Step 4: Keep Your Back Straight
I don’t know about you, but I have TERRIBLE posture. I’m talking really bad. It’s something that I’ve struggled with for years now as someone who spends a lot of time sitting in front of a computer. With that said, do as I say, not as I do!
It might not be comfortable, particularly at first, but tuck your stomach in, pull your shoulders back, and keep your neck aligned with the rest of your spinal column. Do you feel like a robot? If so, you’re doing it right.
Now you might be thinking “how am I supposed to write like this if I can’t even look down at my writing surface?”… great question. Good posture isn’t necessarily about sitting straight upright, it’s about not slouching in a way that imposes a curve in your spinal column. You can lean, just make sure to engage your core as you do so and focus on keeping your back straight.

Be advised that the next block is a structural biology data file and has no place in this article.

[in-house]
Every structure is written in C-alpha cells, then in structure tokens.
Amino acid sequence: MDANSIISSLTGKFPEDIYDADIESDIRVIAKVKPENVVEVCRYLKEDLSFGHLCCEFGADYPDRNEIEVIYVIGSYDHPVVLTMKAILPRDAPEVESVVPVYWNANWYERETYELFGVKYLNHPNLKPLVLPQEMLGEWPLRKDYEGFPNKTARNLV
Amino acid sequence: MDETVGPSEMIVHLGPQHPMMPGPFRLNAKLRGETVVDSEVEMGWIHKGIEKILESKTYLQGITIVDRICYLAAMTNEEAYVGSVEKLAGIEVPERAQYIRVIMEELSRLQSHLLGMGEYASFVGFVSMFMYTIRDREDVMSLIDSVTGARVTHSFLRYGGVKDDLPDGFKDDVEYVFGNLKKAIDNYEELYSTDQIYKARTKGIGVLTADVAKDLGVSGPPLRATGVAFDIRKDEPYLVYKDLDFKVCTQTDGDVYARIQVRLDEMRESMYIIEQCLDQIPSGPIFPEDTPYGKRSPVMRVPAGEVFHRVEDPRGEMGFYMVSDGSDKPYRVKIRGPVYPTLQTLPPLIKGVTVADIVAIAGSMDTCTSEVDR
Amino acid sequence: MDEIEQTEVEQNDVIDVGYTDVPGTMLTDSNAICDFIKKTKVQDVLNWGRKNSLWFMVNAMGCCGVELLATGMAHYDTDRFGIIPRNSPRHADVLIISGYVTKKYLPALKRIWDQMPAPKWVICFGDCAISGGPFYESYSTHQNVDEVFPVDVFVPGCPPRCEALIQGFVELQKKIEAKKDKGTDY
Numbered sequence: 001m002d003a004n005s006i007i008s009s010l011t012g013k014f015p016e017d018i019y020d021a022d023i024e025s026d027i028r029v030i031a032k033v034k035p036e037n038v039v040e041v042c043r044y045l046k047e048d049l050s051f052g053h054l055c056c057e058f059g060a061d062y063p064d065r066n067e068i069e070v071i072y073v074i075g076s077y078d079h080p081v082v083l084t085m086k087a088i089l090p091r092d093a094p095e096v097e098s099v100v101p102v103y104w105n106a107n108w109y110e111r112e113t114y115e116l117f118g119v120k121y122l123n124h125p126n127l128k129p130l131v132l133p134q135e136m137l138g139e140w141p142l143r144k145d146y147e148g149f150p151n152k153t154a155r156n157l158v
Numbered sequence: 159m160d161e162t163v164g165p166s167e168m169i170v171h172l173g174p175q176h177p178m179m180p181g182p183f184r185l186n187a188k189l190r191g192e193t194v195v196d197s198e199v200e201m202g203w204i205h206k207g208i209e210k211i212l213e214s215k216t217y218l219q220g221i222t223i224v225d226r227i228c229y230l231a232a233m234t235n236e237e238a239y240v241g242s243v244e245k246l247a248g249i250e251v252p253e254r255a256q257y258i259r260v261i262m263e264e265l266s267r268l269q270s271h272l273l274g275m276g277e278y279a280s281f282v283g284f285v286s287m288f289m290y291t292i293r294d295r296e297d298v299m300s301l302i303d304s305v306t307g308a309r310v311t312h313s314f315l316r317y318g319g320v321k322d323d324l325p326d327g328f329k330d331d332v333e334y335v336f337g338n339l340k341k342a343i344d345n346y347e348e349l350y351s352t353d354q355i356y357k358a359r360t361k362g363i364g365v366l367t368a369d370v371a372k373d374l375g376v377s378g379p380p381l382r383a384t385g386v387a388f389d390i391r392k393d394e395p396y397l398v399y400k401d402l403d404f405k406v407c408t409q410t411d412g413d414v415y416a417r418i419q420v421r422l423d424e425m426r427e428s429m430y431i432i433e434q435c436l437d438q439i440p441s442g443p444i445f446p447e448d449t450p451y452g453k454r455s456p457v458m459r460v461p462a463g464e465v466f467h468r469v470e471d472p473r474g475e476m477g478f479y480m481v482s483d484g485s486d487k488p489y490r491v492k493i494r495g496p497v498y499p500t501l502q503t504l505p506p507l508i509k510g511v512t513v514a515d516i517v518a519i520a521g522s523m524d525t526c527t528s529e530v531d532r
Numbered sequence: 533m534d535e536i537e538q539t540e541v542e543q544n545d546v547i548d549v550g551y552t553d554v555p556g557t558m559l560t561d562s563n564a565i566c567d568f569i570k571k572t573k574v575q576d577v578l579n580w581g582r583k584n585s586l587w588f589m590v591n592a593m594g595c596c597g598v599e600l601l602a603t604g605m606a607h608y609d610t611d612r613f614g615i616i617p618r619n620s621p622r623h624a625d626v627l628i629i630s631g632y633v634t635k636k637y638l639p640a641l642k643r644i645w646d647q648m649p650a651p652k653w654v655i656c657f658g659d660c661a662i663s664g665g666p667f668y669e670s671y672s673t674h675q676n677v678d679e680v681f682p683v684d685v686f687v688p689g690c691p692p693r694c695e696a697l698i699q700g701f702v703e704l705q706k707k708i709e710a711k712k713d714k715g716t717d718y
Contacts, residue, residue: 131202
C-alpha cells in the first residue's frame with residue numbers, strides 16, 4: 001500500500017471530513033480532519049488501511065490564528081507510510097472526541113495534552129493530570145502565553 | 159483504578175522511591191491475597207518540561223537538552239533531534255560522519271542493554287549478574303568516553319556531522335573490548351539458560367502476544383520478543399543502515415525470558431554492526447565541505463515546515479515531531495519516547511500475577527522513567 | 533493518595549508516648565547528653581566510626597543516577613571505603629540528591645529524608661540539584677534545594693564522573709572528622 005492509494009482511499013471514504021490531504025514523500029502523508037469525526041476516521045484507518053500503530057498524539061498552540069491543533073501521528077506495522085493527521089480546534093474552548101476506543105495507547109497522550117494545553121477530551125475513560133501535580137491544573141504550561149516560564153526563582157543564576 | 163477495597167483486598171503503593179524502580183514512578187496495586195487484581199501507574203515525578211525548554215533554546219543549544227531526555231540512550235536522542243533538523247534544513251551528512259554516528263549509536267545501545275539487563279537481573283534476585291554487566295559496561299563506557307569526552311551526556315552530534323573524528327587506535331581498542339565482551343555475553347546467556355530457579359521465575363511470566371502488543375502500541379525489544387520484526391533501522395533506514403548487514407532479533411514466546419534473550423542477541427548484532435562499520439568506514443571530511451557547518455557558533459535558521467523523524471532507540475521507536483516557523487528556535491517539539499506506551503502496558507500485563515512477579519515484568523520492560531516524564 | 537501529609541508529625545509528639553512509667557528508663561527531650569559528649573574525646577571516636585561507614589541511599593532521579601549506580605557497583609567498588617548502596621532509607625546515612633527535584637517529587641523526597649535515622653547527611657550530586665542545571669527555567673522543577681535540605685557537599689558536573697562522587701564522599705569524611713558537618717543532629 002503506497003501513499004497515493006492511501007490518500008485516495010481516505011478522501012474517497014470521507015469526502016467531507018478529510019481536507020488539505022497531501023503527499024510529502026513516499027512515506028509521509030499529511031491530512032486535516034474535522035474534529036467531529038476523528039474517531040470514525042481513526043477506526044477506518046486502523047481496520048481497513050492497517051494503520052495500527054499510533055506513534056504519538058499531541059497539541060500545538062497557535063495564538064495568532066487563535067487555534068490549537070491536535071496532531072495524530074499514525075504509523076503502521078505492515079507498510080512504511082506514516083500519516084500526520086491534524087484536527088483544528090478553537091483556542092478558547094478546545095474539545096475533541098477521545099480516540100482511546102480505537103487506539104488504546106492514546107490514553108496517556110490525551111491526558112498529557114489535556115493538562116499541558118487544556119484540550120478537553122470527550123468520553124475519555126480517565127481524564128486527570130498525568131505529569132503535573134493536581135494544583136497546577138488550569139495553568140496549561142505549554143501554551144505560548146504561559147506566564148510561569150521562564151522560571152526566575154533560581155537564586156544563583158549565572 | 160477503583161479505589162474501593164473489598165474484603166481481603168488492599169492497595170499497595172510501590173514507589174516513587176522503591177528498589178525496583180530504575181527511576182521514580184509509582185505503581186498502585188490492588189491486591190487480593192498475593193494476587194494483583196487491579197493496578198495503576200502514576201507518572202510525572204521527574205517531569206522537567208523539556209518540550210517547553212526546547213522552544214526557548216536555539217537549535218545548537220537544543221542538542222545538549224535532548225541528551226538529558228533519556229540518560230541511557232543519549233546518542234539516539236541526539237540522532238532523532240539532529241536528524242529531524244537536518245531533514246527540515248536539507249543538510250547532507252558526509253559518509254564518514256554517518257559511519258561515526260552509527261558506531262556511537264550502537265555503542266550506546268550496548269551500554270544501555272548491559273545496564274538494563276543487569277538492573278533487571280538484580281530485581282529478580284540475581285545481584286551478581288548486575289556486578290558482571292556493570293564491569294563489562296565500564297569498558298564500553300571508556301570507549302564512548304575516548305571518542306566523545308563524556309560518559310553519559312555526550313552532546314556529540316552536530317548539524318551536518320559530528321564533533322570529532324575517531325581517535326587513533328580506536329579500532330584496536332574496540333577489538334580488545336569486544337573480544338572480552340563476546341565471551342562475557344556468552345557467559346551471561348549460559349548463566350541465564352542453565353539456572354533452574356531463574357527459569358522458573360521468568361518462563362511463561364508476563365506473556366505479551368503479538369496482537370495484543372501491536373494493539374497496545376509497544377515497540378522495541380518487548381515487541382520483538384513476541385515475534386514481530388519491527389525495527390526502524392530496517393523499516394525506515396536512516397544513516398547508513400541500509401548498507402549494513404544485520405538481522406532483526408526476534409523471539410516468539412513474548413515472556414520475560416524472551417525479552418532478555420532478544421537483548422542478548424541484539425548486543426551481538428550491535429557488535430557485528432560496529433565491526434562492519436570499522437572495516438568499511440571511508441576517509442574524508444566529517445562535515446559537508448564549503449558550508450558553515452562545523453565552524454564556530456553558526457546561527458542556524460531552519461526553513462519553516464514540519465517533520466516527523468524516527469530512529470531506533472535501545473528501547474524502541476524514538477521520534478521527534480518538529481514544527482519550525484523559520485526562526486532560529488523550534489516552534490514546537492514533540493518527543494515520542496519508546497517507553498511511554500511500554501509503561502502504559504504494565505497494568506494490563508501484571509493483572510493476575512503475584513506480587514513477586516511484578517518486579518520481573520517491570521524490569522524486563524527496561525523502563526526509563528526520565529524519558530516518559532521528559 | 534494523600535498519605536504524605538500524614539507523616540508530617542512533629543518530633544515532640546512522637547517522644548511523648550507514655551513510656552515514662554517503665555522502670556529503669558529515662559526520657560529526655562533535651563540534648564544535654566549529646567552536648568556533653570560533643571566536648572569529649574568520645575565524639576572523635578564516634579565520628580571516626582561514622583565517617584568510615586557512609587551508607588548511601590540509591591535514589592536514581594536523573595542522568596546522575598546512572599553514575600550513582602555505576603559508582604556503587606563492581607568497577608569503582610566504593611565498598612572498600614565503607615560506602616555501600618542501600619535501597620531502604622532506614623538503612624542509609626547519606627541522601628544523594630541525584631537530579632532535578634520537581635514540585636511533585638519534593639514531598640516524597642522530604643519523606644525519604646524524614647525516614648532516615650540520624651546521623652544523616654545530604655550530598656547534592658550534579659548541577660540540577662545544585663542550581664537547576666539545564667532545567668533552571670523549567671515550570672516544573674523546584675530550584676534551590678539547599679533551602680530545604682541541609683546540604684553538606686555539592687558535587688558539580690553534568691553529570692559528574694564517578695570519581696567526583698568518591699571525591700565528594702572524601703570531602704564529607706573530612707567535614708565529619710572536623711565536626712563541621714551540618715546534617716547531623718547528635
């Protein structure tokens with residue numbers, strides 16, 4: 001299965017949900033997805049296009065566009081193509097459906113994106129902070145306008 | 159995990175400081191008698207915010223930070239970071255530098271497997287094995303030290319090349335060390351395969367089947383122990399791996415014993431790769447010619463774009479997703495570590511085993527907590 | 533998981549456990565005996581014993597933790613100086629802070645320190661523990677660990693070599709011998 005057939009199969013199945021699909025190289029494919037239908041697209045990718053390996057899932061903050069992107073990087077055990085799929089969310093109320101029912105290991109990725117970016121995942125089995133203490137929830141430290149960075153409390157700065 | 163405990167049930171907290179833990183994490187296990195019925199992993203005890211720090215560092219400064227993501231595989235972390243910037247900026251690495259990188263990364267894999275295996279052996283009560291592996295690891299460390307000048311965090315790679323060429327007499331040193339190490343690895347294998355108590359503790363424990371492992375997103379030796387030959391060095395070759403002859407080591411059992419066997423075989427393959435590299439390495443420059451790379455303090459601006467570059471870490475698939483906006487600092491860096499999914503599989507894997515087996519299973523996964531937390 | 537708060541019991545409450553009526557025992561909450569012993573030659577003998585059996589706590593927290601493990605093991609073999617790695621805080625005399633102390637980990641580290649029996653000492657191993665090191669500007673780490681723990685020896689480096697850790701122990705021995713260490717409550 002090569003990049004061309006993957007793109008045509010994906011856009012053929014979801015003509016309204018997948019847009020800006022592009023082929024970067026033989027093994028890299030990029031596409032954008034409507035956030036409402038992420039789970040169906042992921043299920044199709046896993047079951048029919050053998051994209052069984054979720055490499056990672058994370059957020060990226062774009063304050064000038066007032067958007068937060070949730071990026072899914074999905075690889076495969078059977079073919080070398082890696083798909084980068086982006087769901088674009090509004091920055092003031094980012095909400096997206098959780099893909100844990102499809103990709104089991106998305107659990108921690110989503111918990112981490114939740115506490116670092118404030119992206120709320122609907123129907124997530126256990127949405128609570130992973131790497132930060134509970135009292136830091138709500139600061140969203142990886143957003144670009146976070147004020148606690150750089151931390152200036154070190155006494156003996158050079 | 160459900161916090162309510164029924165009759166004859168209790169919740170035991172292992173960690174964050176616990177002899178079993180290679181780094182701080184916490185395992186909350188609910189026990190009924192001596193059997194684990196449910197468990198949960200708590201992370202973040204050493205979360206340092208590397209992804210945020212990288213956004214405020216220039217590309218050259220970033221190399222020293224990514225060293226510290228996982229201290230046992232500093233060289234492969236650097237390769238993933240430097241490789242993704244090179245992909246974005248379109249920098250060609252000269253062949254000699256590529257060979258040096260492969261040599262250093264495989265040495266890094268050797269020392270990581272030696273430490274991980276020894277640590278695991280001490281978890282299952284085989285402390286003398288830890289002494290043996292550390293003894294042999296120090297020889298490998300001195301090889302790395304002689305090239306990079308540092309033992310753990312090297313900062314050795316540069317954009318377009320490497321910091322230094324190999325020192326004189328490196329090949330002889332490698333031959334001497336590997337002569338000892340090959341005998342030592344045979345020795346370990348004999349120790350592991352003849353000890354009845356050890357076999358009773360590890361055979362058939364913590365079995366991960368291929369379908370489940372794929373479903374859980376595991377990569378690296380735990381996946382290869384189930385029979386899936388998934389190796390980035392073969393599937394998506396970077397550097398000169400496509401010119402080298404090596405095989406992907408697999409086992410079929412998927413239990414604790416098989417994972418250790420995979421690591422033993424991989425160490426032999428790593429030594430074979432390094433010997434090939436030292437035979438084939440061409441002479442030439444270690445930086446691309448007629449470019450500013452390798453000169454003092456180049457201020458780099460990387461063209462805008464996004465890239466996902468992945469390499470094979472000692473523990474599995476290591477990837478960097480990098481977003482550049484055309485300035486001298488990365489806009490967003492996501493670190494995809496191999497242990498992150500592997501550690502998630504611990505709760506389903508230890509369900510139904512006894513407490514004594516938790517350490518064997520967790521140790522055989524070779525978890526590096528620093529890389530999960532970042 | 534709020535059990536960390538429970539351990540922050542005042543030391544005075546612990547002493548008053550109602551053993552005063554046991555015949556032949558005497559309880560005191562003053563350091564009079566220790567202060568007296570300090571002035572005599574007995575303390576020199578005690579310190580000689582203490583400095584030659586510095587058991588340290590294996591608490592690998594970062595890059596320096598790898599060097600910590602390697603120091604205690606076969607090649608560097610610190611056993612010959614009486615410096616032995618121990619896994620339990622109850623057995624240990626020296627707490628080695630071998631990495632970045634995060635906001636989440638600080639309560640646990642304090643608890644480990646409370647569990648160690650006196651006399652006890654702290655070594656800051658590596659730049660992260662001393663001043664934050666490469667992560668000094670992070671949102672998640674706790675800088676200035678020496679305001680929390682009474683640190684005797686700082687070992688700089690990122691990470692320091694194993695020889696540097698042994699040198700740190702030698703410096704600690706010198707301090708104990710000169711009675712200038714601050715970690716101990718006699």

Step 5: Ensure Proper Surface Height
You’ll want to make sure your work surface is of suitable height based on your body’s position. Essentially, you want your forearms to be able to rest on the surface with your elbows bent at a right angle 90º.
Since you also want your knees bent at a right angle, it might be best if you can use an office chair. Office chairs have adjustable heights which will make getting your positioning just right much easier.
It might be hard to get things perfect (both feet flat on the floor with knees bent at a right angle AND forearms flat on the surface with elbows bent a right angle), but don’t feel like it’s all or nothing. Do what you can to make some improvements even if you can’t make all of them. A little goes a long way!